Brien John

Brien John

22nd Century Satellite

I've spent nearly two decades in the music industry, with roles ranging from DJing and selling audiophile records to promoting demos at a publishing company, importing indie music vinyls from Europe, and leading a media outlet that showcased Taiwanese music globally. Currently, I run '22CS', the first music industry newsletter and online community in Taiwan, and engage in black studies in my leisure time.

Where are you based?

I am based in Yonghe, a small yet bustling district just south of Taipei, Taiwan. If you don’t know much about Taiwan, just remember that it is renowned for being the birthplace of bubble tea and the home of TSMC.

Where do you work? What do you do?

I am the founder and journalist of 22CS (short for 22nd Century Satellite), Taiwan’s first music industry newsletter and online community. I got inspired by Water & Music, Stratechery, and so many pioneers and decided to launch this venture in January 2023 when I was out of work and figuring things out. Newsletter business is still pretty new in Taiwan, and focusing on the music industry is so niche that you wouldn’t really expect it to be profitable. Even though I can’t fully rely on it for a living yet, after a year of market testing, I see its economic and intellectual potential. This is significant, especially in an era where traditional music journalism is struggling.

Besides that, I’m into all sorts of freelance work in this field. Translating articles for media, reviewing music for a DSP, doing loads of copywriting and press releases for artists and labels, and even curating panels for music festivals.

What are you listening to?

I listen to two types of music: the first type is the music that moves me, which is predominantly black music like R&B, soul, jazz, and others. I indulge in both old and new tracks from these genres. Recently, I’ve expanded my interests to include electronic music, so it’s now part of what moves me. For a glimpse into my 2023 favorites, you can check this article.

The second type is the music that moves the world. I’m fascinated by why certain songs or genres become popular, even if they don’t personally resonate with me. As a journalist, it’s part of my job to dissect these trends and the cultural narratives they carry.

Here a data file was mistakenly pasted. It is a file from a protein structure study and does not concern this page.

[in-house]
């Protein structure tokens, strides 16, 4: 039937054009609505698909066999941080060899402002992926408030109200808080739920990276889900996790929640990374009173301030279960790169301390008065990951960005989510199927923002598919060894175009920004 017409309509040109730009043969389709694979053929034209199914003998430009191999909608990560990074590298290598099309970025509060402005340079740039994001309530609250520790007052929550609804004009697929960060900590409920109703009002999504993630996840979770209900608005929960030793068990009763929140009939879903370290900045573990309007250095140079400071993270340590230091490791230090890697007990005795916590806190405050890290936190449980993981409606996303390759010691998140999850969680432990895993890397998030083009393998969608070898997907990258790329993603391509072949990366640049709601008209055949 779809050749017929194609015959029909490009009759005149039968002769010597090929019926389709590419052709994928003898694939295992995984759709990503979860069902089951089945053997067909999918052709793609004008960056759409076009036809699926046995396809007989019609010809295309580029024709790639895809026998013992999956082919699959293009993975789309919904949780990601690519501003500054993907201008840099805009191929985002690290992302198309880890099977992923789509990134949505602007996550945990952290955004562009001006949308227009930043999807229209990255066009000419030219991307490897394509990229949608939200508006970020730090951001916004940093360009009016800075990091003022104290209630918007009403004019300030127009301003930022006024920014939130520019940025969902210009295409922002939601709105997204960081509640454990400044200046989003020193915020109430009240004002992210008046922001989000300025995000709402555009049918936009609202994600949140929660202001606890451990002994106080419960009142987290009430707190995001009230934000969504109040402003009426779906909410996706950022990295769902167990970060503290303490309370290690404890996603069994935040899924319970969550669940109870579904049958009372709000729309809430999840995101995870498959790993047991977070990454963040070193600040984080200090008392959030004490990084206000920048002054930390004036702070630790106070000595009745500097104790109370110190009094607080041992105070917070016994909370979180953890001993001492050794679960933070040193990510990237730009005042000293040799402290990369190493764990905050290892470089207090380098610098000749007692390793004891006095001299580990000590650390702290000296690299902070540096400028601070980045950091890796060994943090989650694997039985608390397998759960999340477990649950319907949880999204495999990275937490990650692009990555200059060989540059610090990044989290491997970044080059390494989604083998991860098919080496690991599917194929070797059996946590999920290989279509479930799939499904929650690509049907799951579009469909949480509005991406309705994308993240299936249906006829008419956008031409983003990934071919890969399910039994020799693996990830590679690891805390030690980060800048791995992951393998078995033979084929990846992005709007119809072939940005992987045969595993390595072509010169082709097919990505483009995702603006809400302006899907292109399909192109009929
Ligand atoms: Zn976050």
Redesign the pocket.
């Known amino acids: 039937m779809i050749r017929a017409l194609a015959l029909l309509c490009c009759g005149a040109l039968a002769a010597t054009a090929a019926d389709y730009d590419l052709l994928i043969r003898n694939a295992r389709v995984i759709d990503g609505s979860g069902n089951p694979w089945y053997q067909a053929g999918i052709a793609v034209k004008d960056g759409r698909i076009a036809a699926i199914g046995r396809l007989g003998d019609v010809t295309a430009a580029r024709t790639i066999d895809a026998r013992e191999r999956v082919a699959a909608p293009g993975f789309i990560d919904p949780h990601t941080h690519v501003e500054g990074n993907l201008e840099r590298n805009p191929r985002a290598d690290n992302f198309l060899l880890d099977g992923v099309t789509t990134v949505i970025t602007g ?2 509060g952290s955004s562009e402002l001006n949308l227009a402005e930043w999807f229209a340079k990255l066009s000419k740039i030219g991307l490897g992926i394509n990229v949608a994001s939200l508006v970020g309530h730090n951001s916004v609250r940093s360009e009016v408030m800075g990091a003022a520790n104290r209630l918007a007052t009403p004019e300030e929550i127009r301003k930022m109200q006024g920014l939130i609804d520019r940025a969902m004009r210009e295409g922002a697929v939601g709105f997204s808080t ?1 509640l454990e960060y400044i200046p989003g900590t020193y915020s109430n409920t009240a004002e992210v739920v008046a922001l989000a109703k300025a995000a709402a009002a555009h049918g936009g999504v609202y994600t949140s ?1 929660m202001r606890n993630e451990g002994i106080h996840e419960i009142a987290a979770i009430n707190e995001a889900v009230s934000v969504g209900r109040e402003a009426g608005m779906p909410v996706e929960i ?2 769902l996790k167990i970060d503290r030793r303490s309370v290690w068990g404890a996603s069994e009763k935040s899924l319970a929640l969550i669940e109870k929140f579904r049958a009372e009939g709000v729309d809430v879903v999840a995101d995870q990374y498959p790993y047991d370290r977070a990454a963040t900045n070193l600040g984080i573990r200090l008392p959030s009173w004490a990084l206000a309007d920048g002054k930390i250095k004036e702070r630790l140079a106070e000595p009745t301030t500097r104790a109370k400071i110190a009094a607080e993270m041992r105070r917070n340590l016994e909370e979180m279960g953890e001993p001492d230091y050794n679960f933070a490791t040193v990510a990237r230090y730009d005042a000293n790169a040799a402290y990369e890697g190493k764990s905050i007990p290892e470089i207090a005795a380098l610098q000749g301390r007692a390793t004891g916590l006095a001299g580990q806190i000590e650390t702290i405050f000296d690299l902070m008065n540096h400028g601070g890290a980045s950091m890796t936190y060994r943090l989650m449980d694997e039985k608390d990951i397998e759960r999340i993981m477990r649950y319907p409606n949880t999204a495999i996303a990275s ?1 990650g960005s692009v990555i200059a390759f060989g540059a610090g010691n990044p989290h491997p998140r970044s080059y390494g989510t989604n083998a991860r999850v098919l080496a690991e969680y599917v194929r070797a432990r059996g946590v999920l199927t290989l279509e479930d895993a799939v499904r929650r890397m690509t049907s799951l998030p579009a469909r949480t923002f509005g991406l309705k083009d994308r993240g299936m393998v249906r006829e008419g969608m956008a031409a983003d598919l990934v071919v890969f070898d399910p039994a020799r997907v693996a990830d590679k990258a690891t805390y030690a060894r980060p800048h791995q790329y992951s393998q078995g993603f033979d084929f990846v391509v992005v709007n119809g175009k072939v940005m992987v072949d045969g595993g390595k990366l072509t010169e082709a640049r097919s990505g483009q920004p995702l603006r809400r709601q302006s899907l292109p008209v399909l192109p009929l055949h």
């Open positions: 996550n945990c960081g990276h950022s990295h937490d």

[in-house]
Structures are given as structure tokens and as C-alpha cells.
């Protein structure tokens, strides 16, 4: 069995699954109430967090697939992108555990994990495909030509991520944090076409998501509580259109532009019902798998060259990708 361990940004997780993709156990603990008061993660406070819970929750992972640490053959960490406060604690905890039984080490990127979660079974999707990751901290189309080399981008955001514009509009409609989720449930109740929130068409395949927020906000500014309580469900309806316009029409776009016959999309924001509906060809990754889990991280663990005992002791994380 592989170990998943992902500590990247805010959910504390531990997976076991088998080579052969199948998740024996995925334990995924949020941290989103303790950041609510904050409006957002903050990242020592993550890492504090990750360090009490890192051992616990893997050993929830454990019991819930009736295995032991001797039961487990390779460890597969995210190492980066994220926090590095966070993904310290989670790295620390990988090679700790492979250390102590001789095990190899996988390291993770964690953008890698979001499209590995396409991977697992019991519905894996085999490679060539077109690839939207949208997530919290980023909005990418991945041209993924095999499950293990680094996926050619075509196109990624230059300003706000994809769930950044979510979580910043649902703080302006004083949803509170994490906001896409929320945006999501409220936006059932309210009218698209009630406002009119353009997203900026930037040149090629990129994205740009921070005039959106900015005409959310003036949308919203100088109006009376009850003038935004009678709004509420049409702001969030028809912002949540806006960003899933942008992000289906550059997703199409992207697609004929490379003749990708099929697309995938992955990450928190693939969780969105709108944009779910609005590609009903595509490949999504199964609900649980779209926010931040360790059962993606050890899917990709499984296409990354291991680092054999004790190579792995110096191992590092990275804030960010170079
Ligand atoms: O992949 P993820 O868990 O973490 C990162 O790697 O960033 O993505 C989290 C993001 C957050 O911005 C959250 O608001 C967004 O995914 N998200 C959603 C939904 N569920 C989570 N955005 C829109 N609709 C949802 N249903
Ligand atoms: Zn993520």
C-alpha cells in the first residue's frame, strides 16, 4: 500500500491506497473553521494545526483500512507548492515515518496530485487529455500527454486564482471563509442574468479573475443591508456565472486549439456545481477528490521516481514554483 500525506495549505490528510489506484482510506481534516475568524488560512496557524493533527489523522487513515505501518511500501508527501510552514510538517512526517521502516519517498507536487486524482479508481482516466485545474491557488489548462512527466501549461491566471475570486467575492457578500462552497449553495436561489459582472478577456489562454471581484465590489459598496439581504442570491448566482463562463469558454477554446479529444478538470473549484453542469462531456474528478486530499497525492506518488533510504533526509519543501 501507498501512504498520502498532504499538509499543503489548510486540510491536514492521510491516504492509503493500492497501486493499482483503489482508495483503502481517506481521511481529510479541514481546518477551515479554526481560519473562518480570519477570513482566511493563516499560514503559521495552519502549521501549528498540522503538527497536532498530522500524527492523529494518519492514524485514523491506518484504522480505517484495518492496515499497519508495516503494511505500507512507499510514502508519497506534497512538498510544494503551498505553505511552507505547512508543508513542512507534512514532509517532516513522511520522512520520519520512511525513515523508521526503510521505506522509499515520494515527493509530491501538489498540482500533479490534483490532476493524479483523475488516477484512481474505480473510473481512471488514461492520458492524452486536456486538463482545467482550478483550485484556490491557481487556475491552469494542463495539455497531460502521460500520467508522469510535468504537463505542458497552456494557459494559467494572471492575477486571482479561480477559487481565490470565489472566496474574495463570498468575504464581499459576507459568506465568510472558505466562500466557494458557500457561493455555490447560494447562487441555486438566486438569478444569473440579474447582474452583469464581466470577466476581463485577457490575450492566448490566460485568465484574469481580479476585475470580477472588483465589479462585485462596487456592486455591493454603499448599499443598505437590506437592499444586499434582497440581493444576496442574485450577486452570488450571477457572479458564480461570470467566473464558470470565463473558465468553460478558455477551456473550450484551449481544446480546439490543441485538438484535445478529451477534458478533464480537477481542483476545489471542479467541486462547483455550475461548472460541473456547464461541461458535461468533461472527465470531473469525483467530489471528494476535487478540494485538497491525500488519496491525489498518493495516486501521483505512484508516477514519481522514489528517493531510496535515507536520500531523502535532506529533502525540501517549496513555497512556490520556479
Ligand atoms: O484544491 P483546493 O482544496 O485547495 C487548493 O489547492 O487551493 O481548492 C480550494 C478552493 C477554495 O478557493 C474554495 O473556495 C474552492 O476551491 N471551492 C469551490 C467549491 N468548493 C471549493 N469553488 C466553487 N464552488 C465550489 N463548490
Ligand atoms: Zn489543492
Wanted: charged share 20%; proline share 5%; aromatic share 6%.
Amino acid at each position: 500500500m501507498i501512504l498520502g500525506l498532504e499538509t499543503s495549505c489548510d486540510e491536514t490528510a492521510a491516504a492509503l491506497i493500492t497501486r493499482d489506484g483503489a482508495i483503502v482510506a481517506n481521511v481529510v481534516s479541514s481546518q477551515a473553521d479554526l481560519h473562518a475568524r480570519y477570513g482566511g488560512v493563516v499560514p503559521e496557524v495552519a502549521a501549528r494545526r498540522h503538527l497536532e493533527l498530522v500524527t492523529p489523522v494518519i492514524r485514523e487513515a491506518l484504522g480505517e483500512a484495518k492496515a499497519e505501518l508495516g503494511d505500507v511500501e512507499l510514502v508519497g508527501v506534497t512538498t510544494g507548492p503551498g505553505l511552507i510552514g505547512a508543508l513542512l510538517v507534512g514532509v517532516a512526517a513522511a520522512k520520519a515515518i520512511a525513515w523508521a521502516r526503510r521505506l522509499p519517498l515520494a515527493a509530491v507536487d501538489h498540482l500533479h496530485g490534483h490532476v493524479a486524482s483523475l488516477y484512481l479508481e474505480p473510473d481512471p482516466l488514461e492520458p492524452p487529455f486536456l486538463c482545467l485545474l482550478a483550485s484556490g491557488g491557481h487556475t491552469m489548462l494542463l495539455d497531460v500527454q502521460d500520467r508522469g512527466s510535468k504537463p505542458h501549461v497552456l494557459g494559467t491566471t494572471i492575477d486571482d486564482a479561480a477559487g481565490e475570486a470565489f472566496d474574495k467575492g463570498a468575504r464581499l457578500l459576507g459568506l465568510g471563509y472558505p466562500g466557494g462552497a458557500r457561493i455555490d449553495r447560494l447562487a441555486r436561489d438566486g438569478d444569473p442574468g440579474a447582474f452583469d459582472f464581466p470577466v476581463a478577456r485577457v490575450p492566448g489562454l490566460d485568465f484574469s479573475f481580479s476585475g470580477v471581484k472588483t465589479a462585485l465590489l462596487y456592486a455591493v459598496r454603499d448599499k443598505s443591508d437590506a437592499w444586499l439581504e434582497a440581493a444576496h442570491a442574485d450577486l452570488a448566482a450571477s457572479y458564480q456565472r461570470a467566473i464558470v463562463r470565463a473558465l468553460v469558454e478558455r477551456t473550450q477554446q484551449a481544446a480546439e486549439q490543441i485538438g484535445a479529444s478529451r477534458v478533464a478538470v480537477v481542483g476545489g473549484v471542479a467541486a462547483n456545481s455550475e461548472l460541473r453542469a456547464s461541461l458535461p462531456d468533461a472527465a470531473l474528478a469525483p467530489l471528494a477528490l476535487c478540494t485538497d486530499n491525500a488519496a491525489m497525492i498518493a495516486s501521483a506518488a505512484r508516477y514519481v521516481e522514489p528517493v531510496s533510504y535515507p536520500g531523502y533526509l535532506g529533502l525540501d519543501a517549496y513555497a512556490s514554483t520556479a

How do you discover new music?

I worked in a record shop when I was in college. And around the same time, I got into downloading endless tracks using P2P software. That’s when I developed a knack for sifting through vast amounts of new music, whether it was boxes of CDs or folders of MP3s, patiently listening to and categorizing them in my own way. I’ve rarely relied on algorithms.

Last year, I regularly visited Every Noise at Once every Friday to browse the latest releases in my favorite genres. However, since the site’s updates halted after its owner was let go by Spotify, my weekly music discovery has significantly narrowed. Now, I primarily depend on a variety of curators for new music, including Bandcamp Weekly, NPR Music’s New Music Friday, Pitchfork, First Floor, and the ‘New Releases’ sections on various DSPs.

Additionally, I subscribe to DSPs from different countries—Spotify in Taiwan, Apple Music in Japan, Tidal in the US—to get a sense of the music curated in different countries.

What formats do you usually listen to? LP, CD, Cassette, Digital, Streaming Services? Why?

Streaming is now my go-to format for daily listening. I still have a sizable CD collection, with more than half being R&B/soul albums released between 1960 and 2020, many of which are quite rare. I’ve also toyed with the idea of getting a turntable. Yet, with the vast amount of music I need to go through, sticking to physical formats is becoming less viable for me, both in terms of cost and space.